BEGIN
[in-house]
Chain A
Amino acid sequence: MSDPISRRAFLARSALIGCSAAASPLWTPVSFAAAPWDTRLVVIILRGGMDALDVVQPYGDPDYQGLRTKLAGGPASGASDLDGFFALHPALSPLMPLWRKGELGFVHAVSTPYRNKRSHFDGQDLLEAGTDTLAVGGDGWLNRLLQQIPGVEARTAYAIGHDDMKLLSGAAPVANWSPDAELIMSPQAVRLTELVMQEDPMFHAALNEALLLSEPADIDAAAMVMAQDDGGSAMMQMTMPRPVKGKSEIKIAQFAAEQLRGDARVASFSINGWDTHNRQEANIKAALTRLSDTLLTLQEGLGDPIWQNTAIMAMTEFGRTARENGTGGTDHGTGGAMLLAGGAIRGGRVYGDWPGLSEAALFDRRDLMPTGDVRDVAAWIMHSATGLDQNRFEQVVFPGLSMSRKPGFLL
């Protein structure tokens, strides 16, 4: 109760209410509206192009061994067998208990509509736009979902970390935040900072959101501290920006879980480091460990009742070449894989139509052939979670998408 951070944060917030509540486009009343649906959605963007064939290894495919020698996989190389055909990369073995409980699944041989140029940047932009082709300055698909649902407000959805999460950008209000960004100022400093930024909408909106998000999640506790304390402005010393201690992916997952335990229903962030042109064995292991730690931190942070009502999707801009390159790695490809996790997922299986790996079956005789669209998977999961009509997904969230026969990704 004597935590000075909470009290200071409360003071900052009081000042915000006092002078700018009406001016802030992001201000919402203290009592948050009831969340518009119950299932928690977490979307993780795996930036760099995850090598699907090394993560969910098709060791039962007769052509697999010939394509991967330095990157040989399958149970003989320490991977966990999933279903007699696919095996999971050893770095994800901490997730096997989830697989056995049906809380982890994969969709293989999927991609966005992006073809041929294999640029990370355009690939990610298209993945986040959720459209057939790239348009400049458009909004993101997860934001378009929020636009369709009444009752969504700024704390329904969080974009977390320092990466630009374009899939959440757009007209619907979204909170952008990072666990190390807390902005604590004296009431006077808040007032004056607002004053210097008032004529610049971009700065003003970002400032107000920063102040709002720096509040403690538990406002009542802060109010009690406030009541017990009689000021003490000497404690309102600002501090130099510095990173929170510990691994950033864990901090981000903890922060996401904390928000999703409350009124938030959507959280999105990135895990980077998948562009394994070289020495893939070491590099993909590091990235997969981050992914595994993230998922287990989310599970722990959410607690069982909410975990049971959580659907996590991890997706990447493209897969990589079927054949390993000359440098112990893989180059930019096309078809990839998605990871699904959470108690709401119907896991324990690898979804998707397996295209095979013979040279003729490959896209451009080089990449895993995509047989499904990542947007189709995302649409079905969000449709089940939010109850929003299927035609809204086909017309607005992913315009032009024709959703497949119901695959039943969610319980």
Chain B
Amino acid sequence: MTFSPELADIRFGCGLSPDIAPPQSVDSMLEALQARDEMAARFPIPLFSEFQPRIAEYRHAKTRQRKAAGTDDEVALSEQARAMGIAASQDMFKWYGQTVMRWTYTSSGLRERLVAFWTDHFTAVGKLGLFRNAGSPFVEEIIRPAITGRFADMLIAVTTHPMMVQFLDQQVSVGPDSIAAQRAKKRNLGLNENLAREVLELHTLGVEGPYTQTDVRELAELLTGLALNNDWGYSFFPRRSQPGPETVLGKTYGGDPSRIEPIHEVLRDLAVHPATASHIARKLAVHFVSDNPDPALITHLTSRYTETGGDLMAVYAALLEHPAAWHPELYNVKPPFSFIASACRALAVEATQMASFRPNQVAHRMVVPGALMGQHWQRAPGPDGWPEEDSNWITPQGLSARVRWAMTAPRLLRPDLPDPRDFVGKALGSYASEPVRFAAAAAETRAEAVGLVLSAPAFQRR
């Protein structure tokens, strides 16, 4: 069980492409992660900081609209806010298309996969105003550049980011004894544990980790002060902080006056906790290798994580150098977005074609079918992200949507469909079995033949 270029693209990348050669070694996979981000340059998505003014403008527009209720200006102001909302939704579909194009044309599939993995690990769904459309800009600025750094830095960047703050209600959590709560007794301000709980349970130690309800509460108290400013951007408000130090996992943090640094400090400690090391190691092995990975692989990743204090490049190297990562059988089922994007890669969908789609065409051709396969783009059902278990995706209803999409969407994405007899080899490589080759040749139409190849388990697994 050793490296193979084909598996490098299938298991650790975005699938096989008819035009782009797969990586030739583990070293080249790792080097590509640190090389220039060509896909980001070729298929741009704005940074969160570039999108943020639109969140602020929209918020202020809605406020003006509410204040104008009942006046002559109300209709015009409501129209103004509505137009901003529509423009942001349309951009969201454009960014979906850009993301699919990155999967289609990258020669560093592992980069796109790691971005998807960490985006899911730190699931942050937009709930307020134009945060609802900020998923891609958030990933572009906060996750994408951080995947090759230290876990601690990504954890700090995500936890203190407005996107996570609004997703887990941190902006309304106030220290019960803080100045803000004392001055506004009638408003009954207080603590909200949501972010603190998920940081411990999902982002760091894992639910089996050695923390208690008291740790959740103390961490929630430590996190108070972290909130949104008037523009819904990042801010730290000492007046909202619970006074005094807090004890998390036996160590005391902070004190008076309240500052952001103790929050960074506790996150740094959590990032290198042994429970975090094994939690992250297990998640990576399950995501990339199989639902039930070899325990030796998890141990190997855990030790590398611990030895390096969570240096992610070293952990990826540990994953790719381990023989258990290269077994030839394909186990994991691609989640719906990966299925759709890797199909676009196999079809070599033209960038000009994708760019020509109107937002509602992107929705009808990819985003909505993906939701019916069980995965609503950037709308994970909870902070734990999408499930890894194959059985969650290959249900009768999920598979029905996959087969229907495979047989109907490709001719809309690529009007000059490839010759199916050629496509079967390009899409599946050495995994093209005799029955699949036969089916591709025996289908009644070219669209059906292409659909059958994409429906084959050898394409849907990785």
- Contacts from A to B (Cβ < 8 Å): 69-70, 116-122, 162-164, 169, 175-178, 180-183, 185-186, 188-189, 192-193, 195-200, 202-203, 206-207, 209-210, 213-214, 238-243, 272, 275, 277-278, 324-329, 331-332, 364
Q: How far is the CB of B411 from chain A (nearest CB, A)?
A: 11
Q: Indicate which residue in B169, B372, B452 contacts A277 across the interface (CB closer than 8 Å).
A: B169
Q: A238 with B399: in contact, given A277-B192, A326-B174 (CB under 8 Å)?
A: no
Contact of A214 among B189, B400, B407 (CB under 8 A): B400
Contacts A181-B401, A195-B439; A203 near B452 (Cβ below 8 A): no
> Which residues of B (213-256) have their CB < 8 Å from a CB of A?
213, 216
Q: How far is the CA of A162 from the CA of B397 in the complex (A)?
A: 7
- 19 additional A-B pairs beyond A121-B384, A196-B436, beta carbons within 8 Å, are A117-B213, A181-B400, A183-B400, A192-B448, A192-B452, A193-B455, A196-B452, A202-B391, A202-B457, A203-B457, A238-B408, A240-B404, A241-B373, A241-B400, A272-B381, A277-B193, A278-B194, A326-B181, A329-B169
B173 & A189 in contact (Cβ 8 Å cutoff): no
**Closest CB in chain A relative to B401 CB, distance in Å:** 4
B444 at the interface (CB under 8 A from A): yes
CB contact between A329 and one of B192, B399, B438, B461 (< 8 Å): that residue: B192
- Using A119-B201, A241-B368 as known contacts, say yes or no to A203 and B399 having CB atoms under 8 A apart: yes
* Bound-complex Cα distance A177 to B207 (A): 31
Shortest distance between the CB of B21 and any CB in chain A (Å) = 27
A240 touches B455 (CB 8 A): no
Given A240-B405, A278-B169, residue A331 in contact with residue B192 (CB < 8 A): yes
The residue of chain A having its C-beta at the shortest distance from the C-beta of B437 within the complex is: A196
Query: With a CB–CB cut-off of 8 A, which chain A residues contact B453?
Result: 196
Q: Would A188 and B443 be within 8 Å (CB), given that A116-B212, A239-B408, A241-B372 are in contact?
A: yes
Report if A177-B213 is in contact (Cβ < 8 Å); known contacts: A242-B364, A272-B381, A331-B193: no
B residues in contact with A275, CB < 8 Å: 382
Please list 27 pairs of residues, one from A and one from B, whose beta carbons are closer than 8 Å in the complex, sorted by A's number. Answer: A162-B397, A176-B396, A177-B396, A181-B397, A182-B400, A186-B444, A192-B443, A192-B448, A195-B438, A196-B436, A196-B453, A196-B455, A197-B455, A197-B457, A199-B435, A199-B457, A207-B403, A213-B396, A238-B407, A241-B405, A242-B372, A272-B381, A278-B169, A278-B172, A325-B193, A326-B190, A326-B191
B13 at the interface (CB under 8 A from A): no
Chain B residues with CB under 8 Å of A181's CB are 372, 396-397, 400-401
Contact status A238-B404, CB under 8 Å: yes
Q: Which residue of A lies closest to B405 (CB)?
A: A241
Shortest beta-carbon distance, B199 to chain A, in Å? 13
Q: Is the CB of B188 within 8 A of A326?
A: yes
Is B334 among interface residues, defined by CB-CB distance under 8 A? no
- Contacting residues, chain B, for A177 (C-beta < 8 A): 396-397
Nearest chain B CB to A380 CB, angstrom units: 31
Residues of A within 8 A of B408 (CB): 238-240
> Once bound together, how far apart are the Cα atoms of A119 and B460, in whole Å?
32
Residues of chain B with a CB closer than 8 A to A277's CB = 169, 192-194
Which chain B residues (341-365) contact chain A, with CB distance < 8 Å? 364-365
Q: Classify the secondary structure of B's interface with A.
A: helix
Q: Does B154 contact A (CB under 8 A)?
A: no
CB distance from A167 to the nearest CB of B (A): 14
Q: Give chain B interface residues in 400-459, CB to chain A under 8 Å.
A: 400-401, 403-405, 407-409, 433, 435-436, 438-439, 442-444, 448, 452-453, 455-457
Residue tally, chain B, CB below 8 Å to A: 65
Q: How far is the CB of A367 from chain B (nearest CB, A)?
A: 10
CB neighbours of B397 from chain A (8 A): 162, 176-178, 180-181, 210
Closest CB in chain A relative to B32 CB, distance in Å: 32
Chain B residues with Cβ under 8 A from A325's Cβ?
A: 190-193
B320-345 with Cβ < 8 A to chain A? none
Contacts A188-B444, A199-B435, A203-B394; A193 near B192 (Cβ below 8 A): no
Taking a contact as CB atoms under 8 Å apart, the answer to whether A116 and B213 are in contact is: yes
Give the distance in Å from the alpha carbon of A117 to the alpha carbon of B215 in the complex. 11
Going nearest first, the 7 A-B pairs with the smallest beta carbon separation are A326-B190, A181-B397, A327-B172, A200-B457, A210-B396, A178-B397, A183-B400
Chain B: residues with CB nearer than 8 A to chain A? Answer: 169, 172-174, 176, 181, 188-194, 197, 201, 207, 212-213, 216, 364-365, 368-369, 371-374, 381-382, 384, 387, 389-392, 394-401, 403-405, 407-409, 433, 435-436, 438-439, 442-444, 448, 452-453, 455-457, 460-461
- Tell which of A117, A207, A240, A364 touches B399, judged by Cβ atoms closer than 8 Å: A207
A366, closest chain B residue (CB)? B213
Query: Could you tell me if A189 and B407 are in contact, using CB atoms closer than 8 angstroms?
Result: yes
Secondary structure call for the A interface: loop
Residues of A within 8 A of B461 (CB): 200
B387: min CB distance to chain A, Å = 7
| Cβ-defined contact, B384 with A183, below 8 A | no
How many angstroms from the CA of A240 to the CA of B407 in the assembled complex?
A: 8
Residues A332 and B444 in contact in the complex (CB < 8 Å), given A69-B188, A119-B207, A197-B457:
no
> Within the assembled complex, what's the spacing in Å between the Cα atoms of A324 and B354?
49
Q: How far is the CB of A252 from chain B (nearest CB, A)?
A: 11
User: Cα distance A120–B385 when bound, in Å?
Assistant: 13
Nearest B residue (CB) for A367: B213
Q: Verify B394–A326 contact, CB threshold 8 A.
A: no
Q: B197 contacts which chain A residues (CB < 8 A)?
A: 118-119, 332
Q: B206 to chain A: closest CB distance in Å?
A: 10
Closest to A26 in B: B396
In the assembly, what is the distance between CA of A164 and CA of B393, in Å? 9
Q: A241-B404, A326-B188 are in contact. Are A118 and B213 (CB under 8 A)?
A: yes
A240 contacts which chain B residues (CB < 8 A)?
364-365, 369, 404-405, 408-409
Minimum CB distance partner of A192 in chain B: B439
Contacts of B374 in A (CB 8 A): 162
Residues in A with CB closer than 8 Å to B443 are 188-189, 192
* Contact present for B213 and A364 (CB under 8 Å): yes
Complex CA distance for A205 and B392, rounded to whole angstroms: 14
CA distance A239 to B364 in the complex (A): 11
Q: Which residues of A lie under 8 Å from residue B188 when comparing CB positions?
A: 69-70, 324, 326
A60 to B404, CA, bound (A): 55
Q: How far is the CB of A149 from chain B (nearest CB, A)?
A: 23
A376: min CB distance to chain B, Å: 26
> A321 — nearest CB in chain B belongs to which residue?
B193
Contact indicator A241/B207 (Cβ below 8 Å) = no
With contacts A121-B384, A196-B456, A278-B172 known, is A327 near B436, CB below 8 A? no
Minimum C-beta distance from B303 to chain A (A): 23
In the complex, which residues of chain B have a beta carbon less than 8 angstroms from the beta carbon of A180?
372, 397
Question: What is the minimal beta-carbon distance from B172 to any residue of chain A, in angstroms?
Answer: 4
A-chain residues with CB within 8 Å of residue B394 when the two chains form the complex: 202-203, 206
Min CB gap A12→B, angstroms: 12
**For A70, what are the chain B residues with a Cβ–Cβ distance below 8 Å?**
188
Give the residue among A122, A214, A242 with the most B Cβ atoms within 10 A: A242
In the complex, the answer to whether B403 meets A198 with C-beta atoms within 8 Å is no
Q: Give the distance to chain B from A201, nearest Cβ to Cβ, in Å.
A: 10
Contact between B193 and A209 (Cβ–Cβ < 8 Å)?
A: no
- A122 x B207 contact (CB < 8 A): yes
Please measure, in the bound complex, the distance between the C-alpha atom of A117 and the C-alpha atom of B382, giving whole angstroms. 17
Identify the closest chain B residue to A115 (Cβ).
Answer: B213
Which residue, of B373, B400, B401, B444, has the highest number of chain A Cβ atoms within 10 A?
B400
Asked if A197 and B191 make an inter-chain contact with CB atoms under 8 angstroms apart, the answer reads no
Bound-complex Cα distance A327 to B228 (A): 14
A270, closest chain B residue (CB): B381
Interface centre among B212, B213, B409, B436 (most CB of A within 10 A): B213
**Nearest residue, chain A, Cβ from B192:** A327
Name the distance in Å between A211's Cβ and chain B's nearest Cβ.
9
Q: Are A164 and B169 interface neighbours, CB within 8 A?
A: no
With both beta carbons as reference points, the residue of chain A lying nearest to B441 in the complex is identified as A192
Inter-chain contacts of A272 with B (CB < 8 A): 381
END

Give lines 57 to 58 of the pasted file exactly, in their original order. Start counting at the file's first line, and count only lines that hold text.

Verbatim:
Q: Does B154 contact A (CB under 8 A)?
A: no